Introduction to Dynasty Fantasy Football

Introduction to Dynasty Fantasy Football

Fantasy football has exploded over the past several years. Even some of the most diehard managers still have not heard about dynasty fantasy football. If you have that itch in March, April, or even May to “tinker” with a lineup or make a trade, then you have come to the right place and a dynasty league is just the thing for you.

The goal here is to give you an essential road map for navigating your first-ever dynasty startup draft and all the nuances involved, which you do not necessarily deal with in redraft leagues.

FullTime Fantasy has you covered with the latest dynasty football rankings. Also, check out these great dynasty league start-up tips. Finally, don’t miss out on your chance to win the Dynasty Football World Championship.

What is a Dynasty League?

We will start by defining a dynasty league courtesy of the industry leader in the format DLF (Dynasty League Football). In a dynasty fantasy football league, you retain most or all of your players yearly. This creates an environment quite different from that of a redraft league. It also creates a stronger sense of team pride, enabling managers to keep players and build a team over time. Success is achieved with greater satisfaction.

Mistakes or successes in a dynasty league can affect a franchise’s fortunes for years, just like in the NFL. A dynasty league also facilitates trades, including trading draft picks, and encourages a deeper roster pool so young “project” players can be identified and groomed.

Read the Fine Print

Familiarize yourself with the rules and settings of your leagues just as you would in redraft. Pay extra special attention to roster sizes, IR (injured reserve) slots, whether or not your league allows taxi squads, and whether or not there are any types of contracts or salaries involved. For beginners, we recommend a more simplified league that does not utilize contracts and salaries.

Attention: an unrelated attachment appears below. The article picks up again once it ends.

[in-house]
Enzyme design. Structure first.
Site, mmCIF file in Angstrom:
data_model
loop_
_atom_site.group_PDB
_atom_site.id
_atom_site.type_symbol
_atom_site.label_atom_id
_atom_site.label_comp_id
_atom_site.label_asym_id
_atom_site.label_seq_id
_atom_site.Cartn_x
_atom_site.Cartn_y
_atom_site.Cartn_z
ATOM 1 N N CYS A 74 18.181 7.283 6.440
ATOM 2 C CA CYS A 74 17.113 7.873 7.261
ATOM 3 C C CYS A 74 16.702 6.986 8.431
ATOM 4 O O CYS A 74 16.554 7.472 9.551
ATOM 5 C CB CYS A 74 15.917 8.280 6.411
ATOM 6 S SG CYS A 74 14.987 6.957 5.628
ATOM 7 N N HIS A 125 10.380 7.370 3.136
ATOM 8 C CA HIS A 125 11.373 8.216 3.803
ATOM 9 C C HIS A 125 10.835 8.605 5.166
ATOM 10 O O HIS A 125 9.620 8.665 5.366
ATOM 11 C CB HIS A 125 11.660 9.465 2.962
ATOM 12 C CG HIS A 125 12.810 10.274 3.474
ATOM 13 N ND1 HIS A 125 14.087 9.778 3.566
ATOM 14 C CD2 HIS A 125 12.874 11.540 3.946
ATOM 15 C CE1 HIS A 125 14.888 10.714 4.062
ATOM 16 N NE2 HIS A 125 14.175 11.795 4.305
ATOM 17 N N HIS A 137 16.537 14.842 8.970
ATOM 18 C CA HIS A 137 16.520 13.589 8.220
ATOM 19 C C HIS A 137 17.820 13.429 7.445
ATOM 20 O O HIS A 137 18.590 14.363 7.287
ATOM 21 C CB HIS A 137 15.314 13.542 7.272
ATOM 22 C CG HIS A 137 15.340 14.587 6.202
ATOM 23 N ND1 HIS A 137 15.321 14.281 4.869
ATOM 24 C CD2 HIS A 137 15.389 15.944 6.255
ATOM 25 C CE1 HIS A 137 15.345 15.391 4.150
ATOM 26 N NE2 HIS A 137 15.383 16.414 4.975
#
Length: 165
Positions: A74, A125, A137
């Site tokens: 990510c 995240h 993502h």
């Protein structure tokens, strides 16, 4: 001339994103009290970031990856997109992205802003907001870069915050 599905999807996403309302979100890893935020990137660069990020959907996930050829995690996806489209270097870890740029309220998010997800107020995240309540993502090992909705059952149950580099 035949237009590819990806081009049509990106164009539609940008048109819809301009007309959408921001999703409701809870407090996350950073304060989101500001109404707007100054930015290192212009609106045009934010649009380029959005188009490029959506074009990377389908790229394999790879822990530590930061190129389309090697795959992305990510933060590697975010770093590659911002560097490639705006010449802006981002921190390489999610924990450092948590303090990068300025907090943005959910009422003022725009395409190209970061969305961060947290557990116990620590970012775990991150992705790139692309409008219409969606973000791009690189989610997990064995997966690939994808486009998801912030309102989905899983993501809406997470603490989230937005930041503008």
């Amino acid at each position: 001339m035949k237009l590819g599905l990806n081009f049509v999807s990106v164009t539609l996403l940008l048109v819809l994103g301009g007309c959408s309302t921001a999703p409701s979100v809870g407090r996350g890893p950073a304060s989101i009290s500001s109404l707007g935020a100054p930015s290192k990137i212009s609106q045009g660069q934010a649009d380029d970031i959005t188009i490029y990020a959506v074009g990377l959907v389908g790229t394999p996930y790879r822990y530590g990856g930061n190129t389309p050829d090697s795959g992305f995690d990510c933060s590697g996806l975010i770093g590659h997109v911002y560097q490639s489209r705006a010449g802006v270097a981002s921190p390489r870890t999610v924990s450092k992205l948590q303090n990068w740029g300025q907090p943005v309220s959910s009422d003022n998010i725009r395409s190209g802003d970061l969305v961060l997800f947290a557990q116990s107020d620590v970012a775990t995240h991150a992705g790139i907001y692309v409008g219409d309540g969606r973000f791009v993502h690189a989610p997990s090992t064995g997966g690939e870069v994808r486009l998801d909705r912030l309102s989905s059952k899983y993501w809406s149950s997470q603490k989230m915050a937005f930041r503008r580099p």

Your draft strategy will change depending on whether the league is non-PPR, half-PPR, or full-PPR. You will also be severely pivoting if it is a Superflex (two-quarterback league) or tight end premium (tight ends scoring weighed heavier) because values change dramatically based on the starting lineup allocations and scoring format.

Timely Drafting

We can understand the urge to draft immediately once you decide to plunge into the dynasty format, but the prudent approach is to wait until peak redraft season. This will allow you to acquire as much information as possible to make educated and informed decisions. This will be beneficial not only to you but also to other managers who may be new to the dynasty format. Next season, you can have your rookie draft right after the NFL draft to feed that craving you are experiencing in the offseason. 

Be Active Early and Often

While you want to be careful not to mortgage the future too much, a good strategy involves acquiring more picks in the first five or six rounds, if possible. This allows you to draft several sure-fire starters for the current and next several seasons if you have done your due diligence. 

Ensure your contact information is current and you reply to messages or inquiries about potential trades. Interact with other managers and keep communication moving in a positive direction. This will benefit you in the long term in your dealings with others.